STATE OF MINNESOTA

IN COURT OF APPEALS

A03-1593

A03-1603

 

In the Matter of the

Welfare of the Child of:

W.L.P. and T.J.S., Parents.

 

Filed May 4, 2004

Affirmed

Hudson, Judge

 

Anoka County District Court

File No. J0-03-51299

 

Robert M.A. Johnson, Anoka County Attorney, Robert D. Goodell, Assistant County Attorney, Anoka County Government Center, 2100 Third Avenue, 7th Floor, Anoka, Minnesota 55303 (for respondent)

 

Sherri D. Hawley, 1398 Myrtle Street North, St. Paul, Minnesota 55119 (for appellant-mother)

 

Kathryn J. Cima, 1007 West 53rd Street, Minneapolis, Minnesota 55419 (for cross-appellant-father)

 

Joyce White, 2697 East County Road E, White Bear Lake, Minnesota 55110 (guardian ad litem)

 

            Considered and decided by Hudson, Presiding Judge; Anderson, Judge; and Stoneburner, Judge.

S Y L L A B U S

            Admitting to the allegations in a petition to terminate parental rights does not convert the proceeding into a voluntary termination of parental rights.  To voluntarily terminate parental rights the parent must affirmatively demonstrate a desire to terminate the parent-child relationship for good cause.

O P I N I O N

Appellants, W.L.P. and T.J.S., appeal from an order terminating their parental rights to M.D.D.P.  The trial court found that both parties had previously had their parental rights to other children involuntarily terminated, and therefore, W.L.P. and T.J.S. are statutorily presumed to be palpably unfit to parent.  Further, the trial court found that W.L.P. and T.J.S. failed to rebut the presumption of unfitness, and it is in the best interests of M.D.D.P. to terminate their parental rights.  On appeal, W.L.P. argues that the trial court erred by concluding that:  (1) she did not rebut the presumption of palpable unfitness; and (2) it is in the best interests of M.D.D.P. to terminate her parental rights.  T.J.S. argues that Ramsey County did not previously involuntarily terminate his parental rights to another child (C.M.S.); rather he voluntarily terminated his parental rights.  Accordingly, T.J.S. argues that the trial court erred in applying the statutory presumption that he is palpably unfit to parent.  Because we conclude that the trial court was correct in presuming both parties palpably unfit to parent and neither party rebutted this presumption, we affirm.

FACTS

This is a consolidated appeal challenging the termination of W.L.P.’s and T.J.S.’s parental rights to their son, M.D.D.P.  The termination proceedings were heard based on a petition by an Anoka County social worker.  The trial court ordered the termination of W.L.P.’s and T.J.S.’s parental rights. 

            W.L.P. is the mother of M.D.D.P. and T.J.S. is the putative father.  W.L.P. is also the biological mother of six other children:  A.K.P., born October 13, 1980; J.L.P. and J.L.P., born October 21, 1985 (twins); S.L.P., born May 4, 1989; B.A.P., born January 27, 1991; and C.M.S., born June 15, 1995.  Ramsey County has involuntarily terminated W.L.P.’s parental rights to each of these children.  T.J.S. is the father of three children.  His parental rights to C.M.S. were terminated based on his admission to a petition to terminate those rights.  The trial court concluded that the termination was involuntary, but T.J.S. argues that because he admitted the petition, termination was voluntary.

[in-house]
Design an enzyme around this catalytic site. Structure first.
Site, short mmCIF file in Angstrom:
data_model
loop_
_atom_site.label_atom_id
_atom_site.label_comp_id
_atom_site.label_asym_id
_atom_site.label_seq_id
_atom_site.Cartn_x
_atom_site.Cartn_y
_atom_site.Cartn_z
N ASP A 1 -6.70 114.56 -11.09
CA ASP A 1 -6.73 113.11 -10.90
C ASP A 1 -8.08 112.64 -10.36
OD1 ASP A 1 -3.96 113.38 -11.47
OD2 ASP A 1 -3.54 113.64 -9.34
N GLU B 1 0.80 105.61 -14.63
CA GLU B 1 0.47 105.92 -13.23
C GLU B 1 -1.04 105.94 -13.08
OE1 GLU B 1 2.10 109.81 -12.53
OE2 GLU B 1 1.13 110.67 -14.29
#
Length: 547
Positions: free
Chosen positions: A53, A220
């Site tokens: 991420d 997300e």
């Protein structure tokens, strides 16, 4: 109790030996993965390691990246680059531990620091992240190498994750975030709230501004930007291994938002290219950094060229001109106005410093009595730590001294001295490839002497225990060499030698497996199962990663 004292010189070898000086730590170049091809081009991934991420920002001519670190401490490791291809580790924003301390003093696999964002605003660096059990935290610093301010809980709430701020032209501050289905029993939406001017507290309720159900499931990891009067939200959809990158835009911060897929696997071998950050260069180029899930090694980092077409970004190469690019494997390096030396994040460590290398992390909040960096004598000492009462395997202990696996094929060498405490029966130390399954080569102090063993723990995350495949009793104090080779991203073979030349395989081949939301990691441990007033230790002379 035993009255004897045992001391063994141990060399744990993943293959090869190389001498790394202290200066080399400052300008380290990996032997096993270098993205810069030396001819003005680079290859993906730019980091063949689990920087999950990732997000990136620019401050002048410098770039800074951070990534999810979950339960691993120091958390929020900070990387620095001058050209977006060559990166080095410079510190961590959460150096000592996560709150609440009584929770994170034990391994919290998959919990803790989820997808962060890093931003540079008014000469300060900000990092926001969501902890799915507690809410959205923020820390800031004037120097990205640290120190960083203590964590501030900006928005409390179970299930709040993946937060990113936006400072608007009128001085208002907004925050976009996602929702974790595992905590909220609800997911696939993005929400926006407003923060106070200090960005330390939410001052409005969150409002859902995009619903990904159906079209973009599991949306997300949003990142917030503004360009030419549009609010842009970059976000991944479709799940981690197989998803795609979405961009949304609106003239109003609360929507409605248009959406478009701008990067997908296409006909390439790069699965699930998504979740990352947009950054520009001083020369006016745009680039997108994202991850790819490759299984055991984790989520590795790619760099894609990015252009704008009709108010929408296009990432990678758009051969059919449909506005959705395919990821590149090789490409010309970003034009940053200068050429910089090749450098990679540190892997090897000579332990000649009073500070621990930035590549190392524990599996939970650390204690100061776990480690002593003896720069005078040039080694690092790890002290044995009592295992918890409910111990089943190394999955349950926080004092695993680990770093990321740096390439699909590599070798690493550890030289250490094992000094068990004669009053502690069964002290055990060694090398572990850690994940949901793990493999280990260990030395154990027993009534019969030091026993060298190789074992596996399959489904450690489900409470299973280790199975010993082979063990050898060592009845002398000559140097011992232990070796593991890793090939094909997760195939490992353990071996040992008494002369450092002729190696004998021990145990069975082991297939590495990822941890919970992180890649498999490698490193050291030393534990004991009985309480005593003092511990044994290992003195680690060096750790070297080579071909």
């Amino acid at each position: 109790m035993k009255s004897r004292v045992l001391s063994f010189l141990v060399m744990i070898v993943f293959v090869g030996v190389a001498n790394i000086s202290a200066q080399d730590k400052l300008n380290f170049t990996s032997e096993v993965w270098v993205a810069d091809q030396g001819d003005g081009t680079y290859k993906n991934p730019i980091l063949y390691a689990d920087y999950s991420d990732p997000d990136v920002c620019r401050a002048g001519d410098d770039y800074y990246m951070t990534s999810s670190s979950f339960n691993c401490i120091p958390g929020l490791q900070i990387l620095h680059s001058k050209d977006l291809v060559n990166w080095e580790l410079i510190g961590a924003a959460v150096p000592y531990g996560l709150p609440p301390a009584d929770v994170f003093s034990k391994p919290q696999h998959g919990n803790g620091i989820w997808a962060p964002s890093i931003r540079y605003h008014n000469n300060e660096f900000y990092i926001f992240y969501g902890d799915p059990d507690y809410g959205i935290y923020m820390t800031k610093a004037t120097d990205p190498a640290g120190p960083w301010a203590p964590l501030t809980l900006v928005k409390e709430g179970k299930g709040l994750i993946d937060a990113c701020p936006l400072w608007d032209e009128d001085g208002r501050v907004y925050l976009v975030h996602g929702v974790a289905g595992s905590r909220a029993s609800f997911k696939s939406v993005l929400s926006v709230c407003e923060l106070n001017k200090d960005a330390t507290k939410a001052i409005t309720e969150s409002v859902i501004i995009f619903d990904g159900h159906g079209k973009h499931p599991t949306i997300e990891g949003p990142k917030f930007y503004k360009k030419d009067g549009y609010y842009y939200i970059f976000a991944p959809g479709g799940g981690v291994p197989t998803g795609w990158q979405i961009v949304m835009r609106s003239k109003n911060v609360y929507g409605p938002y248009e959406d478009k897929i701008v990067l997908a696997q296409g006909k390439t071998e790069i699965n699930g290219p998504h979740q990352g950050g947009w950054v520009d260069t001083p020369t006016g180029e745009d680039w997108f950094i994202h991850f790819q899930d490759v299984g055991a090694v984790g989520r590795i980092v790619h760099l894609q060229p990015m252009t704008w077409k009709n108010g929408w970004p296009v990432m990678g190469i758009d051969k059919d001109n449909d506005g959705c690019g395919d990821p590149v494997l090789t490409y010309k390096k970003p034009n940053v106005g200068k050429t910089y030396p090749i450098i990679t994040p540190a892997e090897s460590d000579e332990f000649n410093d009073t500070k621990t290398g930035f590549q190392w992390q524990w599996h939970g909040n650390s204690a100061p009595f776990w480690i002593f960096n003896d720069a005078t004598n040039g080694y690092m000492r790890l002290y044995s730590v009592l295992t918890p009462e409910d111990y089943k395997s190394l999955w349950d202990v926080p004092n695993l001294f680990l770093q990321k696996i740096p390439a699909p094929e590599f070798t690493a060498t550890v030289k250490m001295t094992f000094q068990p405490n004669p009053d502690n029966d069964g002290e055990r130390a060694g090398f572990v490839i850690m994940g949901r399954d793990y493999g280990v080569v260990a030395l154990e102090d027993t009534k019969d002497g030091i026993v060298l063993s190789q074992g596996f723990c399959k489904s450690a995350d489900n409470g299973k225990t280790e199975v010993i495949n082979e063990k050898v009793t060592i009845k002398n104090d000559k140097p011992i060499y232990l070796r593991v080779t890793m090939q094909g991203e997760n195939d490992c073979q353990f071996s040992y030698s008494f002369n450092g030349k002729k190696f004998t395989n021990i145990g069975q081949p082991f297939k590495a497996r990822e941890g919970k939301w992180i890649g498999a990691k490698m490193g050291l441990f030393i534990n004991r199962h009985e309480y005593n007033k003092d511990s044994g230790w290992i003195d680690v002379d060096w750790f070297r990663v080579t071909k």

On March 1, 1990, Ramsey County filed a petition to terminate W.L.P.’s parental rights to four of her children.  The oldest three children were placed in Ramsey County’s custody in 1987 while W.L.P. was serving a 13-month prison sentence for selling illegal substances.  The youngest child at that time, S.L.P., was adjudicated a child in need of services when she tested positive for amphetamines at birth.  When W.L.P’s children were initially taken in 1987, Ramsey County developed a case plan for W.L.P. that included chemical dependency treatment.  Between February 1988 and November 1989, W.L.P. participated in six chemical dependency programs: (1) she completed outpatient treatment at St. Joseph’s Hospital; (2) she attended the Genesis program from which she was discharged for failure to attend and tardiness; (3) she was re-admitted to the Genesis program and was again discharged for unexcused absences; (4) she completed outpatient treatment at St. Paul Ramsey Hospital; (5) she was re-admitted to the Genesis program for a third time and was subsequently terminated when she admitted to smoking marijuana and tested positive for cocaine; and (6) she attended a day treatment program at Ramsey County Medical Center that she did not complete.  On May 21, 1990, W.L.P. failed to appear for a pretrial hearing on the termination of her parental rights.  The court found her in default and terminated her parental rights to her first four children:  A.K.P., J.L.P., J.L.P., and S.L.P.